IMA Source Catalog

Gathering all the sources for historical Irish martial culture in one place.

American Stick-Fighting: Hell comes to Frog Town

An excerpt from Dashiel Hammett’s  1924 short story “Nightmare Town”

Steve rocked back against a building front from a blow on his head, arms were round him, the burning edge of a knife blade ran down his left arm. He chopped his black stick up into a body, freeing himself from encircling grip. He used the moment’s respite this gave him to change his grasp on the stick; so that he held it now horizontal, his right hand grasping its middle, its lower half flat against his forearm, its upper half extending to the left.

Read the rest here:

http://fencingclassics.wordpress.com/2012/01/15/american-stick-fighting/#more-1851

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March 5, 2012 Posted by | Faction fight descriptions, grip | Leave a comment

Faction Fighting Documentary

Here are links to a three part Irish Language documentary on Faction Fighting. I had my doubts at first but was pleasantly surprised. Highly recommended.

Na Chéad Fight Clubs (P1)

Na Chéad Fight Clubs (P2)

Na Chéad Fight Clubs (P3)

December 29, 2010 Posted by | as crime, Faction fight descriptions, Historical descriptions, other weapon, prowess, Stickfighting schools | , , , , , | 1 Comment

Wake poem and artwork 1825

Found by Maxime Chouinard

Drinking, dancing, fighting and carrying on at an Irish wake! Looks to have the rare image of a woman holding a shillelagh…and smoking a pipe.

December 15, 2009 Posted by | Faction fight descriptions, grip, Historical descriptions, Period illustration | , , , , | Leave a comment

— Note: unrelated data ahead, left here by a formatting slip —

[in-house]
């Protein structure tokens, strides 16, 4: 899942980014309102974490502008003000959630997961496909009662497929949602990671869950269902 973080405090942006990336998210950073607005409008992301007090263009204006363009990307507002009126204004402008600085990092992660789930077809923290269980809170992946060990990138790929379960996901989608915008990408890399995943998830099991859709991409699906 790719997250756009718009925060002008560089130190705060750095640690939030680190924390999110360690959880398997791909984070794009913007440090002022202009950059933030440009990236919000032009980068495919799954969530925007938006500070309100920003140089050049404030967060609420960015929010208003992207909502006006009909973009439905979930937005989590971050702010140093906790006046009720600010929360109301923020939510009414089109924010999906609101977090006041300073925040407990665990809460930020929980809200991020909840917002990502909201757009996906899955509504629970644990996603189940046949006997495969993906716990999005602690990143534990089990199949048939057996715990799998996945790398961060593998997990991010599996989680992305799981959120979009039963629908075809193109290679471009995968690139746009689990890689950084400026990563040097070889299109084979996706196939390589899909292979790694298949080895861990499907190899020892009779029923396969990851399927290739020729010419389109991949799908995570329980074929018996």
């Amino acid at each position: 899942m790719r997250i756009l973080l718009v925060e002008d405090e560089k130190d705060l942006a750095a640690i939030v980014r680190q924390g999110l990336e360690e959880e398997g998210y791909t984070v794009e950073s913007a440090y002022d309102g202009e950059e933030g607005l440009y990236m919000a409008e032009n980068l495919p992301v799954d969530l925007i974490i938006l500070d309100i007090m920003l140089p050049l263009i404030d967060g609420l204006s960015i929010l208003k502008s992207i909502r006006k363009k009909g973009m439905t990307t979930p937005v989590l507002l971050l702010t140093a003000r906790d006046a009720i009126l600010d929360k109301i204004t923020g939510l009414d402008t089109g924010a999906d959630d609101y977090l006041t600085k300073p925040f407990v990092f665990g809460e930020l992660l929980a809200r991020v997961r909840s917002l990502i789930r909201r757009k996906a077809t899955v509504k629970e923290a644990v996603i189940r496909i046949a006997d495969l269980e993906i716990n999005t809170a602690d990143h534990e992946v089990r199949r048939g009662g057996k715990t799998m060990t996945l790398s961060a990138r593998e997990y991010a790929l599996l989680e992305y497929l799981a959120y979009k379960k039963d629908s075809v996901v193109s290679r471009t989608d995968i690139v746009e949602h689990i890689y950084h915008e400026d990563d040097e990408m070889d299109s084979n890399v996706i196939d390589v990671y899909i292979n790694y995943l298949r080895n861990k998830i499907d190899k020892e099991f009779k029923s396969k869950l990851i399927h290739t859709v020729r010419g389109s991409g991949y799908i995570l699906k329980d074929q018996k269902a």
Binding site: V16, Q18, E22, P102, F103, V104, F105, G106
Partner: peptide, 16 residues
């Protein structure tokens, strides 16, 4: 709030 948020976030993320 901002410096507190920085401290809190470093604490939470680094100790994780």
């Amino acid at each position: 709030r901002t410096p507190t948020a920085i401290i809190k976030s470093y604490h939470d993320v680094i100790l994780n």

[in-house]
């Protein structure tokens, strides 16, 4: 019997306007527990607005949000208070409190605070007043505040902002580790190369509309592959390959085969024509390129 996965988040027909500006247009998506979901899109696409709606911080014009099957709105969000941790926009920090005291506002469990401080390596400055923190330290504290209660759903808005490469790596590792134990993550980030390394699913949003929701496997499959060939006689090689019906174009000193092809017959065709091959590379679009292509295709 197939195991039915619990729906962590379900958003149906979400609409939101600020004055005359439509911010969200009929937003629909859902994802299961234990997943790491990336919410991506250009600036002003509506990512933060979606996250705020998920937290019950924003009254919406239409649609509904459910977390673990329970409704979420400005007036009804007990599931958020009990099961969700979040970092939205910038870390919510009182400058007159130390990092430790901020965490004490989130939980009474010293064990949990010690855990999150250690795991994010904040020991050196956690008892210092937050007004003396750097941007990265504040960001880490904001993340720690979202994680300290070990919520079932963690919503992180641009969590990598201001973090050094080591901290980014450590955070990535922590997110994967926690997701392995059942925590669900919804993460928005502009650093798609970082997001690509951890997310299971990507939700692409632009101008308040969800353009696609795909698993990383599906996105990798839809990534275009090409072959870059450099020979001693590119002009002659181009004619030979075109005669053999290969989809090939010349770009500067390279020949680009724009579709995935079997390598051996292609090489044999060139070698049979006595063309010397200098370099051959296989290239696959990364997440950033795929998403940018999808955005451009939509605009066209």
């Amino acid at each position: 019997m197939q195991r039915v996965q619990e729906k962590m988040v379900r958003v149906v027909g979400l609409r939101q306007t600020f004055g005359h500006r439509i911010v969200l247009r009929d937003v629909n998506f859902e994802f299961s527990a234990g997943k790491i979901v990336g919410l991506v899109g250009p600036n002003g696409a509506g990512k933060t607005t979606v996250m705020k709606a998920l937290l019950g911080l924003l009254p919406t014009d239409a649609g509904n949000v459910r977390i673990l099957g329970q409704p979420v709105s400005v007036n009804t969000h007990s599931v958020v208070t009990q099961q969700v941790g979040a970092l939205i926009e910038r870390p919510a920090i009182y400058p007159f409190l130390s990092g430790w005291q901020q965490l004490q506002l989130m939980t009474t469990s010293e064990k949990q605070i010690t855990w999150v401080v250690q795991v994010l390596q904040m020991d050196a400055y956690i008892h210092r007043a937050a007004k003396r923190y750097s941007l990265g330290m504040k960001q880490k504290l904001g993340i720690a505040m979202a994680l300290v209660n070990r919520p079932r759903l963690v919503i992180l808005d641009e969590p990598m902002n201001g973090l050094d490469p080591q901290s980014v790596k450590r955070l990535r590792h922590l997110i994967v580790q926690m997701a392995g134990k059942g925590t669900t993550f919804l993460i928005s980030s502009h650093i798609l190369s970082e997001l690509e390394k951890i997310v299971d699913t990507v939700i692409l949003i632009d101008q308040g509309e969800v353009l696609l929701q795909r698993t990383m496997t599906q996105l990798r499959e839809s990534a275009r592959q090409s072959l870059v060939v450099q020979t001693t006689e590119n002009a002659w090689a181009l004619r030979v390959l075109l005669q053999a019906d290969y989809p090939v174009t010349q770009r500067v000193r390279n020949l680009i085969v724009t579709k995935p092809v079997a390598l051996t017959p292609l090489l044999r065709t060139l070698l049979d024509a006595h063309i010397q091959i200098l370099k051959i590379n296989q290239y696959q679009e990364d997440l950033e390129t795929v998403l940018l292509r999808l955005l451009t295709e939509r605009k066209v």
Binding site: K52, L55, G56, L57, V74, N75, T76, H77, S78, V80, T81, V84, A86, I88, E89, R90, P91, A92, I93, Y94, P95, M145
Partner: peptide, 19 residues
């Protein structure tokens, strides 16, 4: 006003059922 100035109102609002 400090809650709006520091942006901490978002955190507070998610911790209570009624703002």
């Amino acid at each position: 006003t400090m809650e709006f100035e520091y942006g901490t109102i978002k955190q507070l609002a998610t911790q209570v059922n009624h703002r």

Political Cartoon Faction Fight 1846

Found by Maxime Chouinard

John Doyle 1846
Listed Personalities (left to right)
Herbert of Lea, Sidney Herbert, Baron, 1810-1861 #5914
Graham, James, Sir 1792-1861 #5740
Aberdeen, George Hamilton Gordon Earl of 1784-1860 #4221
Wellington, Arthur Wellesley Duke of 1769-1852 #696
Peel, Robert Sir 1788-1850 #589
Sheil, Richard Lalor 1791-1851 #5823
O’Connell, Daniel 1775-1847 #574
Russell, John Russell, Earl, 1792-1878 #5597
Palmerston, Henry John Temple 3rd Viscount 1784-1865 #5598
Grey, Charles Grey, Earl, 1764-1845 #5606
Bentinck, George, Lord 1802-1848 #5732
Disraeli, Benjamin Earl of Beaconsfield 1804-1881 #204
Embedded text
I’m for the fellow with the whiskers. – I’ll break a head or two before it’s all over. – Die game, Bob. – We must give in. There’s no standing against such odds

December 15, 2009 Posted by | Faction fight descriptions, grip, Historical descriptions, Old Newspaper clippings, Period illustration, political cartoons | , , , , , , , | 2 Comments

Harpers Weekly 1871

harpers1871

January 28, 2009 Posted by | as crime, Faction fight descriptions, political cartoons | , , , , , , | Leave a comment

New York Times November 10, 1895 p. 30

IRISH FACTION FIGHTS – From the Westminster Review. The Origin of these senseless, brutal, and cruel conflicts is more or less shrouded in obscurity. It is abundantly clear that neither politics nor religion had anything to say in the matter. They probably originated in ‘hurling matches,’ a species of hockey, once a favored amusement among the youth of Munster on Sundays and holidays after “last mass.” These matches were generally played between neighboring parishes or counties, in some large convenient field or on a bit of “commonage.” The matches naturally caused a good deal of rivalry and jealously; disputes, of course, were inevitable, and it was only natural than a hot-blooded Tipperary gorsoon, finding himself getting the worst of an argument with a Limerick logician, should have recourse to the unanswerable and readier argument of the stick. The “hurley,” “common” or crooked stick used in the game was especially adapted for this species of argument; and judiciously applied, as a rule, immediately silenced an opponent. A ponderous “shillelagh” waved aloft, a piercing “whoop,” a dull thud, and a groan were the signals for a general scrimmage. In a twinkling, the whole filed was a seething, yelling mass of ferocious, wild-eyed, skull-cracking demons.